The biggest skill in C++ is how to read code that's got templates, generics, overloaded operators, and custom keywords.
"What do you mean they overloaded '+' to merge objects?"
"This doesn't look like C++, it looks like some foreign language."
"Oh, we reversed the meaning of + and - because the senior guy thought that the original semantics were incorrect. But only for some objects."
This. Outside of academia I've never encountered C++ written in a sane manner. Hell, even inside of academia things get a bit iffy. Things you can expect to see if you ever maintain C++ code:
* Objects passed by value which don't have a deep assignment copy constructor.
* File scope objects using other file-scope objects - "Because VS2010 ensures instantiation order."
* Dependencies with no real reason; this is especially bad on Qt projects. Why use std::vector when you can use a QVector?
* const char *use_this_later = MyQstringObject.toStdString().c_str(); // Bang! There goes another foot... maybe if we had GC...
* You used copy semantics? You *meant* move semantics (This should never had made it into the standard).
* Overloaded functions - "myfunc (foo);" does something different to "myfunc (bar);", because hilariously foo and bar are different types
* Ditto for operators - "foo + bar" does something quite different to "bar + foo".
* Other than "type var[size];" there is no primitive array type. Arrays are implemented in the library, not in the language like every other sane language.
* No GC. In other languages you can get away with it, but in C++ you stand no chance - someone, somewhere back in the mists of the past, would have created a critically dependent-upon class that *will* return a temporary object that gets deleted automatically while you still have references. QString, for example.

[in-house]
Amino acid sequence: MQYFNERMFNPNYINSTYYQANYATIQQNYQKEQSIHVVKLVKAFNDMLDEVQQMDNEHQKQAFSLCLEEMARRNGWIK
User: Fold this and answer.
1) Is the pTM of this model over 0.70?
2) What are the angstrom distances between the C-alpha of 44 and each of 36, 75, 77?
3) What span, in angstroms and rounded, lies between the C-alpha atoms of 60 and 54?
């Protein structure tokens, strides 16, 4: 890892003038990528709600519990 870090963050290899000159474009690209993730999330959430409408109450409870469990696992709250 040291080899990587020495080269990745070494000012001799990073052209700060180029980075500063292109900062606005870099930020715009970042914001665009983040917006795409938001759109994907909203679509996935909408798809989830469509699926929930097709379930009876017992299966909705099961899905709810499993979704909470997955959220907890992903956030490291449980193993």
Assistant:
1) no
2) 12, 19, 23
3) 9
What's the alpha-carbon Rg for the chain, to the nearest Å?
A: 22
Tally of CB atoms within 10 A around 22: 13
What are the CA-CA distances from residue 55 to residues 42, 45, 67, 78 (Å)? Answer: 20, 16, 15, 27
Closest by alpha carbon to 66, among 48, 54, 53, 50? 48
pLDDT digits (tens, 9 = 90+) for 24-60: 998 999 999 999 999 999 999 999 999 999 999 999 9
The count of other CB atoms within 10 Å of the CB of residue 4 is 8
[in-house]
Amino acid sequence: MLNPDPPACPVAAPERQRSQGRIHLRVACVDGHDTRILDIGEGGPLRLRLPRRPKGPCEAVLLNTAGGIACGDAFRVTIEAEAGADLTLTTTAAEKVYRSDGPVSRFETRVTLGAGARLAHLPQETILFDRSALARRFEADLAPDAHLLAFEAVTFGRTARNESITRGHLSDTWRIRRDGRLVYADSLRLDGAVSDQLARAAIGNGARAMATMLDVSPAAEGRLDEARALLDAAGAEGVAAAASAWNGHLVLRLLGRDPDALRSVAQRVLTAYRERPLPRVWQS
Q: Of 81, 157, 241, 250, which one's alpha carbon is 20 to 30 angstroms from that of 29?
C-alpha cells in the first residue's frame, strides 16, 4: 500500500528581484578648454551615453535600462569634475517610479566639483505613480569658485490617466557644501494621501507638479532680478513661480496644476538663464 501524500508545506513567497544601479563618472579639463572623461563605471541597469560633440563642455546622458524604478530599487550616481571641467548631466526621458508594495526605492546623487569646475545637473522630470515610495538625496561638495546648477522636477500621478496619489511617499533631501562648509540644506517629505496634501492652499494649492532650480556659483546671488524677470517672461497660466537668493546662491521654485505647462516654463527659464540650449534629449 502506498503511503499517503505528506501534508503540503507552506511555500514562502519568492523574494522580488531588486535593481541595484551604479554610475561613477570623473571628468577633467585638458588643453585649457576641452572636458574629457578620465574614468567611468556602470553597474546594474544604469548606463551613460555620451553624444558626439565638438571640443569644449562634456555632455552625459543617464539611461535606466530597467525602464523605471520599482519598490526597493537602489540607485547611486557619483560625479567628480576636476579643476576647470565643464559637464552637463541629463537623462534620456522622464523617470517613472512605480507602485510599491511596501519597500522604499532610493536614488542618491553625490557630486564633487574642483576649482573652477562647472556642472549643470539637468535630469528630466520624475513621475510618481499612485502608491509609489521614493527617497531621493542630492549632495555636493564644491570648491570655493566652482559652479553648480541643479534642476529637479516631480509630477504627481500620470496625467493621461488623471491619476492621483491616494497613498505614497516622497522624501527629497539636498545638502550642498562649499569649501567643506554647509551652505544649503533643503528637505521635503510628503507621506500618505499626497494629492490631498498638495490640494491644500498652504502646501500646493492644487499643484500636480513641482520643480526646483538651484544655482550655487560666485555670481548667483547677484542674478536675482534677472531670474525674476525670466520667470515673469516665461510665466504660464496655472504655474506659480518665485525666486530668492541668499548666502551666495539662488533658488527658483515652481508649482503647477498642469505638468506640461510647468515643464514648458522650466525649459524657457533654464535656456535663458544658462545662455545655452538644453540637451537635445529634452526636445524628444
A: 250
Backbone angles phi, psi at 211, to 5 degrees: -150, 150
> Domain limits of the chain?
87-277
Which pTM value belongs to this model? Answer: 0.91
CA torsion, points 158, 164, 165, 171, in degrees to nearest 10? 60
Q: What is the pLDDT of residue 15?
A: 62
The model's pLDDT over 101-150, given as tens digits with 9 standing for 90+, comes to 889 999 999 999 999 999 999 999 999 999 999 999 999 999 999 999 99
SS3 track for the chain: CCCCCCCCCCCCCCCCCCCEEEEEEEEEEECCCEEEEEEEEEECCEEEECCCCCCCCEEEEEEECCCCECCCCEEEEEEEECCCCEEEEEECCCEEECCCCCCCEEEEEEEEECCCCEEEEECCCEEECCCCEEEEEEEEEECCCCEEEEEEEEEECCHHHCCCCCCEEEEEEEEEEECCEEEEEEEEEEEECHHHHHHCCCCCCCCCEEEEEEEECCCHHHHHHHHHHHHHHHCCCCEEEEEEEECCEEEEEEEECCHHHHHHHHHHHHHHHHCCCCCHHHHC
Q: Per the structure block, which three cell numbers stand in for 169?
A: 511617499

All of the above, in addition to all of the gotcha's in C as well. In this day and age there is very little reason to use C++. If you need objects, UI, etc use Java or C#. If you don't need objects use C; at least you can trivially expose every single piece of C code you've written to other languages via a library. This lets you reuse your code. The only C++ code you'll ever expose to other languages are C-compatible functions.
I'm looking, right now, at a mountain of code, some 20+ classes, many with file-scope instantiations, every single fucking object a Qt object. The original developer noticed that the code for Qt-derived classes won't compile without a copy constructor so he very cleverly made empty copy constructors for all the classes so that even a shallow copy won't be performed. As expected, he also stores instances in containers - which means every now and then the program would give incorrect results with seemingly no predictable occurrences. It doesn't crash, mind, just gives incorrect answers.
Good luck; you'll need it.
Stay away from C++ - stick to languages that implement context-free grammars only.